Yesterday, while Asia was asleep, Tim Cook announced Apple’s earnings for the fourth quarter 2013 and revealed that sales in China had bounced back slightly after a lackluster summer. Over the past three months the company generated $5.733 billion in revenue from sales in Greater China (which includes Taiwan and Hong Kong), up 24 percent from the previous quarter and six percent year-on-year.
Cook also noted that the company generated $27 billion dollars in revenue from Greater China for the full fiscal 2013, up 14 percent from the previous year.
The sales slump in Greater China during the previous quarter (which clocked in at 4.6 billion, marking a 43 percent sequential drop) has been attributed to many possible factors. TiA’s Steven Millward notes that the comparatively early rollout of the iPhone 5 in China pushed most revenues back to Q1 2013, leaving a lull in the product line. Cook, meanwhile, blamed the drop on slow sales in Hong Kong, noting that units sold in the mainland were in fact up 5 percent from the previous quarter. In any case, save for the doomsayers, most agreed that the slump was a bit of a fluke.
With the release of the iPhone 5s and 5c in September, a rebound was to be expected. Cook described Apple’s performance as “pretty good” but added the company “obviously wanted to do better.” The CEO argued that the Apple’s expanding reach in China contributed to the bounceback, stating:
We opened one additional store in greater China in the last few weeks; we’re investing in indirect distribution; our point-of-sales are up by about 50 percent year-over-year on the iPhone; and we’re continuing to go out to more cities. Initially, we were very focused on just the large cities, and so we’re working on both coverage, on launching earlier and execution, and continuing to build out our retail practice there.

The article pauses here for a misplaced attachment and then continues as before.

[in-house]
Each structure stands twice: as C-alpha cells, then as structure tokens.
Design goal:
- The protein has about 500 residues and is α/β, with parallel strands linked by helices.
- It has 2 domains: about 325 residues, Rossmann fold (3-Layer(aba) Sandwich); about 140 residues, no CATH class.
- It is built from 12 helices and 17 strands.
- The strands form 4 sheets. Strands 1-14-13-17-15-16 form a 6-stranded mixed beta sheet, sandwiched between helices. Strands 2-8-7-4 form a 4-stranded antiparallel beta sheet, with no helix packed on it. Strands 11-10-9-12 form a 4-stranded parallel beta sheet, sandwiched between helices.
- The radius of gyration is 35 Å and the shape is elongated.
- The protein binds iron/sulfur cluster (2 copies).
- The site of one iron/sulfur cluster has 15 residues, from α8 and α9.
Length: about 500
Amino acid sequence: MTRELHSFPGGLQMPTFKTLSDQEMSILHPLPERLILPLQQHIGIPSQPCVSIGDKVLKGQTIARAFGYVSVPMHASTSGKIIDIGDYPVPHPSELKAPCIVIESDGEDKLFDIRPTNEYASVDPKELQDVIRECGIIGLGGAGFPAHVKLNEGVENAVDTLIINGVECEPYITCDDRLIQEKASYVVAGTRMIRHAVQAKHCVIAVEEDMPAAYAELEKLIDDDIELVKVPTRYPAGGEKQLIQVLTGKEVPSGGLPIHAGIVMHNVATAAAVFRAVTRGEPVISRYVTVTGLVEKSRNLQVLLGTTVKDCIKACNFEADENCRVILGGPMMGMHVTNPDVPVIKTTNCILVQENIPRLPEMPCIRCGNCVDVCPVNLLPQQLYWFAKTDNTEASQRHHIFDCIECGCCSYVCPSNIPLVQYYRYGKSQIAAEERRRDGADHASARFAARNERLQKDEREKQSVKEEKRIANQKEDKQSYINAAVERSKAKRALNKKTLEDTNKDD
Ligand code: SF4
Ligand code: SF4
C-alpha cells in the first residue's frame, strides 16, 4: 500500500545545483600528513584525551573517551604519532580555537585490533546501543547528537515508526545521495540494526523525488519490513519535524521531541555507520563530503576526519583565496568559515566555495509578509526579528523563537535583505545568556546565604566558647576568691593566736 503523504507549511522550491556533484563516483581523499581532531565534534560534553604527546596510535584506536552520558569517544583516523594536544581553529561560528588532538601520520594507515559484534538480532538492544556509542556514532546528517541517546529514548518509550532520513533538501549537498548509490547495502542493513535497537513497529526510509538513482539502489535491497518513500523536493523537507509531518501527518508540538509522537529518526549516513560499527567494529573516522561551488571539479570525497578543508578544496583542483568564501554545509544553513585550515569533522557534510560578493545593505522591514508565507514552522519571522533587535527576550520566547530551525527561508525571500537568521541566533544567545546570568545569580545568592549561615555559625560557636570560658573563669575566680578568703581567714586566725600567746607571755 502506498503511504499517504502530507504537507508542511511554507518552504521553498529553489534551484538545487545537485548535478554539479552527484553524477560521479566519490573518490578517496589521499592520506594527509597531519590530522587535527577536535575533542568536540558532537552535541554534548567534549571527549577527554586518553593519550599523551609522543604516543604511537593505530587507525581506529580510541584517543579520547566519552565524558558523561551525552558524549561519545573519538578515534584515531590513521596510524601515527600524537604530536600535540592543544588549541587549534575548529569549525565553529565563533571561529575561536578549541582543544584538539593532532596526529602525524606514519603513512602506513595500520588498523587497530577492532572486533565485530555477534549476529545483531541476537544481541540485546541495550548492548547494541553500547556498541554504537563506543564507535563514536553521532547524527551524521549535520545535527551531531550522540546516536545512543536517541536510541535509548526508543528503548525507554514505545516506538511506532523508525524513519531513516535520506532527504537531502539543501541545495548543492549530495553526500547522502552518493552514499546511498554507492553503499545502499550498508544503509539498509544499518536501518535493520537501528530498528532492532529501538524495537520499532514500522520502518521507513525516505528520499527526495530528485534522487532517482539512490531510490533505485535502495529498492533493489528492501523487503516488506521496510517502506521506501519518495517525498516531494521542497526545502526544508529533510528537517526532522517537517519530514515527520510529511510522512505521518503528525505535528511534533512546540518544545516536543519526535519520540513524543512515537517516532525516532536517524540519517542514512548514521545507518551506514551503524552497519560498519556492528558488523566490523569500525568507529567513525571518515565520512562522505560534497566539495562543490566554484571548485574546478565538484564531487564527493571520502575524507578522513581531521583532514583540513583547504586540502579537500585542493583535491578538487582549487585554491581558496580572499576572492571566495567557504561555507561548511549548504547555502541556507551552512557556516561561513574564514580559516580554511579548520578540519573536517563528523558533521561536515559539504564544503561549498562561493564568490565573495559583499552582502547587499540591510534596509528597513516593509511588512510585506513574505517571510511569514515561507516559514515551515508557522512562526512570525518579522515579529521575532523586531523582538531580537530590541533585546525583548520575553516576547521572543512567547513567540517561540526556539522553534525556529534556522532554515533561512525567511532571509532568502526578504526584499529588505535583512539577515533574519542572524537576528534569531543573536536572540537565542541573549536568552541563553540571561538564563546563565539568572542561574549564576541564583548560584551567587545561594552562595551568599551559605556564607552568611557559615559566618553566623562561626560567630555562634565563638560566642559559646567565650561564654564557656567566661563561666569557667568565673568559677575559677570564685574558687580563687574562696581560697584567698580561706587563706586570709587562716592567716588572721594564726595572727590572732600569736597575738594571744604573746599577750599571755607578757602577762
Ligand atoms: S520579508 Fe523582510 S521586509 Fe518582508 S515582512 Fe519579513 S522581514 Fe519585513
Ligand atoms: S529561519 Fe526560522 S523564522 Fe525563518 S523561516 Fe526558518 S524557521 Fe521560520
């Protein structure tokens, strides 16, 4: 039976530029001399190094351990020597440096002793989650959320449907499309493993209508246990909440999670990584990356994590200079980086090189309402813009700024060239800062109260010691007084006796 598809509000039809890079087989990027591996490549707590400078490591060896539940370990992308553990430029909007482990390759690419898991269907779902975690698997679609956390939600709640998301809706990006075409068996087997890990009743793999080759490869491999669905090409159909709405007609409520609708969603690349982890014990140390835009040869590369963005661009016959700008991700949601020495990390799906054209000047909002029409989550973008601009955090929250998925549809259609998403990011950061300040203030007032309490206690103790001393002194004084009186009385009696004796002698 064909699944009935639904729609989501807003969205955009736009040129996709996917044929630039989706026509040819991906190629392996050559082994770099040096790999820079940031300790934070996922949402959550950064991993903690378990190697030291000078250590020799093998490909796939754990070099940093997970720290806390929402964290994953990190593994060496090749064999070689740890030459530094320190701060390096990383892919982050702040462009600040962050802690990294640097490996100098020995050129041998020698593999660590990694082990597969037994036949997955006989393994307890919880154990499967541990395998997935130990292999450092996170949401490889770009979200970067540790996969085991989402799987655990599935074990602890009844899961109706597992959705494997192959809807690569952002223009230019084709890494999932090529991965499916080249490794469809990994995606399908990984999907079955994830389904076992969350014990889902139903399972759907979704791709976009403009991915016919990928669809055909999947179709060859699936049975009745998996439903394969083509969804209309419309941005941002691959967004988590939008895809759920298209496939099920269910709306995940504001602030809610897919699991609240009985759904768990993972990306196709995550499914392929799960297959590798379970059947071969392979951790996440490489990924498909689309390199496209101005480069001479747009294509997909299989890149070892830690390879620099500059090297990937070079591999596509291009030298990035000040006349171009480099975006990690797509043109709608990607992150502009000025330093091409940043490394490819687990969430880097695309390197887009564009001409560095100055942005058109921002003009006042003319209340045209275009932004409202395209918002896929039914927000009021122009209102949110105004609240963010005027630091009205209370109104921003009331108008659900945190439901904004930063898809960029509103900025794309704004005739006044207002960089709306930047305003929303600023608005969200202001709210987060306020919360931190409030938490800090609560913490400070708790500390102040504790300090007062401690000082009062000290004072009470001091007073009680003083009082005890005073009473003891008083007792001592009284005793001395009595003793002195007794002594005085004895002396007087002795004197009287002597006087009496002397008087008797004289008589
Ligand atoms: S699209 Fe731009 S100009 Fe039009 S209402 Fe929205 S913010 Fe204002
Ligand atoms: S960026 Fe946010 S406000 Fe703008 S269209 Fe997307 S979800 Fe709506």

Still, some analysts say that the six percent revenue increase is disappointing given the company’s launch of two new devices, and noted that the company experienced a 8 percent drop in global net profits.
China Mobile to the rescue?
Other than the domestic launch of the iPhone 5s and 5c, the other Apple event China watchers have been anticipating this year is the company’s expected deal with China Mobile, the largest telco in the country. A carrier subsidy from such an enormous company could help make Apple’s products more affordable to millions of China Mobile subscribers, thereby bolstering sales and deepening market share.
However, a deal with China Mobile won’t necessarily solve all of Apple’s problems. Apple needs China Mobile far more than China Mobile needs Apple, and since the telecom is in a more advantageous bargaining position, the Cupertino firm is in a position to get a bum deal with low margins. And if that happens, investors eyeing the slowing net profits won’t be pleased.
Case closed on the “c” in “5c”
In an interesting side note during the conference call, Cook laid to rest any notion that the iPhone 5c was ever intended to be a “cheaper iPhone,” or as some expected, the mid-tier solution to Apple’s market share woes in countries like China. The CEO stated:
I realize that some people were reading rumors that our entry-level iPhone was the 5C, but that was never our intent. Entry level phone was iPhone 4S. As you know from comments that I’ve made previously, we were selling the iPhone 4 in very good volumes. And as we begin to experiment in different regions at somewhat lower price points, we saw a fair amount of price elasticity. And so we’re hoping and thinking that will continue with the 4S.
All things being equal, what we would normally see on our products is that you have a large number of people who are early adopter related, that come into the market right after we announce and buy our very best product. And so other things being equal, that’s what we expect to see.
We shouldn’t read into these comments too deeply, but they would seem to indicate that Apple remains committed to its strategy of selling state-of-the-art devices at relatively high margins, and that market penetration will be taken care of through Apple’s current strategy of inking carrier subsidies and expanding sales channels, rather than through competitive pricing.
(Editing by Steven Millward and Paul Bischoff)